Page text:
I’ll Have the $20 Big Mac Combo, Gov. Newsom!

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Has anyone noticed what it costs nowadays to grab a quick and convenient breakfast, lunch, or dinner at an “affordable” fast-food restaurant in California? Neither does California Governor Gavin Newsom, obviously.

In the fantasy world where Gavin Newsom and his friends in the California legislature live, a place where you and your donors can dine at the French Laundry to avoid wearing a mask and drink cheap wine, inflation doesn’t exist.

Unfortunately, inflation does exist, and it especially exists thanks to our benevolent elected officials who tax, borrow, and spend our money with reckless abandon. And it also exists as a result of mandatory arbitrary minimum wages.

Ah, minimum wage laws. Don’t you just love the idea? By the way, when did they pass a minimum crime law in California? Or the minimum homeless encampment law? Did I miss the vote on the minimum traffic law? I must have been too busy paying attention to the debate on the Inflation Reduction Act.

Minimum wage laws, better understood as arbitrary wage floors, are intended to protect low-income workers and promote economic justice. However, they actually have unintended consequences that hinder job creation and cause economic injustice and inequality.

While the aim of ensuring higher wages is commendable, it is vital to critically assess the impact of such laws on employment opportunities for the unskilled in our society, what labor economists call wage compaction, and on inflation, including food prices.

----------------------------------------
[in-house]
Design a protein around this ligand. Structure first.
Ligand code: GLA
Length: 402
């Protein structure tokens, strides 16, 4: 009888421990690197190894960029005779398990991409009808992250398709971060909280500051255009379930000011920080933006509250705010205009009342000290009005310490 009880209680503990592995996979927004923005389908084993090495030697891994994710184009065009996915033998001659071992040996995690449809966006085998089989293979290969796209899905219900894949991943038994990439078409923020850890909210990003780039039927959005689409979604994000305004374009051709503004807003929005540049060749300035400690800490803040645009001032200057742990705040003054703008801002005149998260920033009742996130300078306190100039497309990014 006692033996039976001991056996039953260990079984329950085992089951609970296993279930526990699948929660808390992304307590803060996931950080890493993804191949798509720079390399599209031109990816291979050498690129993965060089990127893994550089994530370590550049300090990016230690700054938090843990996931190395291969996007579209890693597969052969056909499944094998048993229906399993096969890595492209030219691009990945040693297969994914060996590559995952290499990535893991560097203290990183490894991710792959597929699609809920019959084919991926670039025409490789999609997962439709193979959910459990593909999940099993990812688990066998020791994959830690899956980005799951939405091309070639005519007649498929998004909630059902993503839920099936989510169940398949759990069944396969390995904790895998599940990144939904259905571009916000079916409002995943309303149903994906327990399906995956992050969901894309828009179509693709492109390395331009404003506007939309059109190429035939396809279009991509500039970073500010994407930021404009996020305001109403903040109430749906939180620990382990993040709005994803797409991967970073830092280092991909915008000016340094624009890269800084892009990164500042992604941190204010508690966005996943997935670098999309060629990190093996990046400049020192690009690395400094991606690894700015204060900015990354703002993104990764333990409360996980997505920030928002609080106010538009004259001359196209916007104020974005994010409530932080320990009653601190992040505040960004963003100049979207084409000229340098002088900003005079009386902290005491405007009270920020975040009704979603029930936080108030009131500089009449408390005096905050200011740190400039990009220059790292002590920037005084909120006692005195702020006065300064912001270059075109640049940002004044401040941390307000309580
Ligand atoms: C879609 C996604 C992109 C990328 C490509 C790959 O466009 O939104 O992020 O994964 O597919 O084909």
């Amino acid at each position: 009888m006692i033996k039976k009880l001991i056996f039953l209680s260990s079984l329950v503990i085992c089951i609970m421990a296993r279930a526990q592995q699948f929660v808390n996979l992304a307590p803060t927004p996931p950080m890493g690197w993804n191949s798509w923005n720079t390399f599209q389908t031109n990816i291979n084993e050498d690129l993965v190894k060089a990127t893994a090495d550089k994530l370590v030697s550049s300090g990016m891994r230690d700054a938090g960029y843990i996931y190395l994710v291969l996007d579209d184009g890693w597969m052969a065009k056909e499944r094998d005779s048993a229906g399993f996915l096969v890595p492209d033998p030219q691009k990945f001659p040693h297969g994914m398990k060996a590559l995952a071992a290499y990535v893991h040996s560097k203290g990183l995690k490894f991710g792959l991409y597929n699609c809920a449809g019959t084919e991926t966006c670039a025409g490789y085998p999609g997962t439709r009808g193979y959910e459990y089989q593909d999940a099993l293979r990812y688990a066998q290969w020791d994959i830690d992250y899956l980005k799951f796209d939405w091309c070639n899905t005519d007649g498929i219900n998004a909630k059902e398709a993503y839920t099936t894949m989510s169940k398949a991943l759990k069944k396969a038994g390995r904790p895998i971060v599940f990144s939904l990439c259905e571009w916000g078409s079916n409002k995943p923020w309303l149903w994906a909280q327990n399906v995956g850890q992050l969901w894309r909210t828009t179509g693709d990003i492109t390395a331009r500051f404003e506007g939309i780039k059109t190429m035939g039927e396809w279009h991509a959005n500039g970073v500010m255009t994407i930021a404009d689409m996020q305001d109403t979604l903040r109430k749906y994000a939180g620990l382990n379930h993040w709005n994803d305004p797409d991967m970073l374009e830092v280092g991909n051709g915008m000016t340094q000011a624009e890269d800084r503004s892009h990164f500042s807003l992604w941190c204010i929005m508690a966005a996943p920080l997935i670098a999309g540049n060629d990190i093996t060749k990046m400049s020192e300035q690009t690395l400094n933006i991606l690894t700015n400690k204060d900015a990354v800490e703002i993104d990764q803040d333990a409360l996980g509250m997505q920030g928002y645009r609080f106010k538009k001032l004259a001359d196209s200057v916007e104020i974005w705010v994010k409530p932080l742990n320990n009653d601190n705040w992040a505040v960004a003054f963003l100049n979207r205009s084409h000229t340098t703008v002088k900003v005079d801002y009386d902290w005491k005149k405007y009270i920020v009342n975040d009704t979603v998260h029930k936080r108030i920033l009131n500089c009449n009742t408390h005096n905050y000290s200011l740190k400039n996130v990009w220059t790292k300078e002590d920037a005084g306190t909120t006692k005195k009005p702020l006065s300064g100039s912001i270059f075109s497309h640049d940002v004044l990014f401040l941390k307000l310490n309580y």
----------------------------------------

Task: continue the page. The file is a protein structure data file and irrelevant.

People aren’t buying the free lunch pitch by Governor Newsom. The government can give, and the government can also take away.

This commentary aims to provide a reality check on this cruel economic fiction called the minimum wage, while exploring some of the negative repercussions for the job market and economic stability for those employees our benevolent politicians believe benefit from such income redistribution schemes.

Lets cut to the chase. A minimum wage law — without a mandatory employment law to go with it — defies the law of supply and demand. But I don’t want to give the, er, good-deed doers in Sacramento any ideas. Still, the most pressing concern surrounding minimum wage laws is the potential for job losses.

By increasing labor costs through legislative fiat, particularly for small family owned businesses, which is what most fast food franchises are, employers are often forced to reduce their workforce or halt any expansion plans.

For example, a study by the Employment Policy Institute shows that raising the minimum wage hurts the least-skilled and least-experienced job seekers the most. This pattern is not exclusive to a single sector; various studies suggest negative employment effects across industries, particularly for smaller enterprises.

According to economists at the Federal Reserve Board and the University of California-Irvine, a significant amount of empirical research shows higher minimum wage laws reduce employment particularly for the least-skilled while having little to no positive impact on poverty rates. This is significant because advocates of minimum wage laws argue higher minimum wages reduce federal benefits paid out to those same workers.

But, again, the problem with this economic argument is that it assumes employers won’t be forced to lay off their most unskilled, and inexperienced workers to justify paying higher employee wages.